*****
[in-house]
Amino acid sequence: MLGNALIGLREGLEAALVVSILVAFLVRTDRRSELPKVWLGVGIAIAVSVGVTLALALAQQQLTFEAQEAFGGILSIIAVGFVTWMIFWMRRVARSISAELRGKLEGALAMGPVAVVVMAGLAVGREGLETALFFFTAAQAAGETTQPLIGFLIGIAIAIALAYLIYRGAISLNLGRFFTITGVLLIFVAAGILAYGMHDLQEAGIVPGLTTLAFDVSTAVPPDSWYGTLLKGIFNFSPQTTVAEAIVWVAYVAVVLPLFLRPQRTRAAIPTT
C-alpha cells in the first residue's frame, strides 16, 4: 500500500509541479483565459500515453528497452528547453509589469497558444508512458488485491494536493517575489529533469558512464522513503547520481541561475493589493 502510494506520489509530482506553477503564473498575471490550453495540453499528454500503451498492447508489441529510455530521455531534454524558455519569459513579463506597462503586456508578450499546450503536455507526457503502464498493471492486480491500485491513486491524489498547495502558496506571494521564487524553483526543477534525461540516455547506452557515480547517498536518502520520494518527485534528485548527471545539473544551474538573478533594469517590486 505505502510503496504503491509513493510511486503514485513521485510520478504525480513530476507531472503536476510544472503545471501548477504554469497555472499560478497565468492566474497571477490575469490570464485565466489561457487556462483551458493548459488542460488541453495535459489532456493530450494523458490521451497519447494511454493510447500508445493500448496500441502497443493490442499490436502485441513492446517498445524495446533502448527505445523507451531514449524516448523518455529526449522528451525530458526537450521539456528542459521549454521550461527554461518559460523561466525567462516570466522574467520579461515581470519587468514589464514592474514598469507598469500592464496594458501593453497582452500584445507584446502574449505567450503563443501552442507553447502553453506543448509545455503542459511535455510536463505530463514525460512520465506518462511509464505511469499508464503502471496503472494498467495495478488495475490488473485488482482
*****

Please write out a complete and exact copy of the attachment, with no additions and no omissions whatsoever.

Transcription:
[in-house]
Amino acid sequence: MLGNALIGLREGLEAALVVSILVAFLVRTDRRSELPKVWLGVGIAIAVSVGVTLALALAQQQLTFEAQEAFGGILSIIAVGFVTWMIFWMRRVARSISAELRGKLEGALAMGPVAVVVMAGLAVGREGLETALFFFTAAQAAGETTQPLIGFLIGIAIAIALAYLIYRGAISLNLGRFFTITGVLLIFVAAGILAYGMHDLQEAGIVPGLTTLAFDVSTAVPPDSWYGTLLKGIFNFSPQTTVAEAIVWVAYVAVVLPLFLRPQRTRAAIPTT
C-alpha cells in the first residue's frame, strides 16, 4: 500500500509541479483565459500515453528497452528547453509589469497558444508512458488485491494536493517575489529533469558512464522513503547520481541561475493589493 502510494506520489509530482506553477503564473498575471490550453495540453499528454500503451498492447508489441529510455530521455531534454524558455519569459513579463506597462503586456508578450499546450503536455507526457503502464498493471492486480491500485491513486491524489498547495502558496506571494521564487524553483526543477534525461540516455547506452557515480547517498536518502520520494518527485534528485548527471545539473544551474538573478533594469517590486 505505502510503496504503491509513493510511486503514485513521485510520478504525480513530476507531472503536476510544472503545471501548477504554469497555472499560478497565468492566474497571477490575469490570464485565466489561457487556462483551458493548459488542460488541453495535459489532456493530450494523458490521451497519447494511454493510447500508445493500448496500441502497443493490442499490436502485441513492446517498445524495446533502448527505445523507451531514449524516448523518455529526449522528451525530458526537450521539456528542459521549454521550461527554461518559460523561466525567462516570466522574467520579461515581470519587468514589464514592474514598469507598469500592464496594458501593453497582452500584445507584446502574449505567450503563443501552442507553447502553453506543448509545455503542459511535455510536463505530463514525460512520465506518462511509464505511469499508464503502471496503472494498467495495478488495475490488473485488482482